But there’s something endemic to the game of baseball that causes people to worry for its health, to keep it on a constant deathwatch. I think it’s the nostalgia factor: what people see on the field, and in the newspapers, can’t possibly compare to the imagined past, with Dimaggio gliding gracefully across centerfield in black and white, and our grandfathers sharing bags of peanuts with our Dads in the bleachers. Because baseball’s past is so filled with lore, and because there’s so much baggage connected to the term “America’s Pastime,” the present never seems to measure up, especially with the ugly steroids stories serving as a constant backdrop and the game’s own owners and commissioners constantly, idiotically bashing the sport for their own selfish ends.
Baseball’s fine. At least until Bud Selig does something to harm it anew. But nobody think it’s fine, and so they search for someone to blame and something to fix. And time and again, the Yankees, Red Sox and the lack of a salary cap fall in the crosshairs.
The game would be so much more fair with a salary cap, they cry. We wouldn’t see the same teams winning every year! A cap would allow small-market teams to retain their homegrown stars. Well…no, no and no.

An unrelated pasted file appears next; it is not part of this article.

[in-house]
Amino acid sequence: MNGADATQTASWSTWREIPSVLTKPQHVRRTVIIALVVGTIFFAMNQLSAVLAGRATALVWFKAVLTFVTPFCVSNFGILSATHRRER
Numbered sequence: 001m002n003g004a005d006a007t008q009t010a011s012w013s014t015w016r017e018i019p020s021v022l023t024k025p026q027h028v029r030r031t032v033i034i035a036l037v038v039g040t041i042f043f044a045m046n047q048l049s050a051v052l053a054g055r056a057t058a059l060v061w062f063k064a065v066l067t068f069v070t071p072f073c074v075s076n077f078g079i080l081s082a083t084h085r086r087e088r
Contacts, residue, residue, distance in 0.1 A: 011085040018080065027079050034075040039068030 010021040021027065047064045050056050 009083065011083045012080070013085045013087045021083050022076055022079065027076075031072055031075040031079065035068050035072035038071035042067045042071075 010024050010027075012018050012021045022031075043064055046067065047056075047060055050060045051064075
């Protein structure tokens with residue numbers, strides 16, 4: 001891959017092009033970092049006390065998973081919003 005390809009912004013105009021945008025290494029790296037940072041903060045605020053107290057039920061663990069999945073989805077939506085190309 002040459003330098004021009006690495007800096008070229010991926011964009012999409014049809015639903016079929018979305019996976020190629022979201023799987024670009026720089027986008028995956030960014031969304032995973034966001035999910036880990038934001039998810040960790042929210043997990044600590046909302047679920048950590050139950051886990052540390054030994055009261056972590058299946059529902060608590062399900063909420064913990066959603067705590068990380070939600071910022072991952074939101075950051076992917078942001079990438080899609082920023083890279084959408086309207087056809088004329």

There exists absolutely no proof that a salary cap increases parity. The only thing a salary cap actually accomplishes is just what its name implies — it limits player salaries. And the only people that benefit from a salary cap are team owners, who can then keep more cash in their pockets without justifying it to fans and the media. Miserly owners instigate and inflame the pro-cap propaganda (just ask Brewers’ owner Mark Attansio), claiming to be looking out for the good of the sport, but all they care about is their bottom line.
I looked at the past ten completed seasons in the NFL, MLB, NBA and NHL: baseball, and three other major sports leagues that all have had salary caps in place. The MLB and NHL have each had 8 champions in that span, while the NHL has had 7 and the NBA has had 5. Huh. Doesn’t really seem like baseball has a competition issue from that standpoint.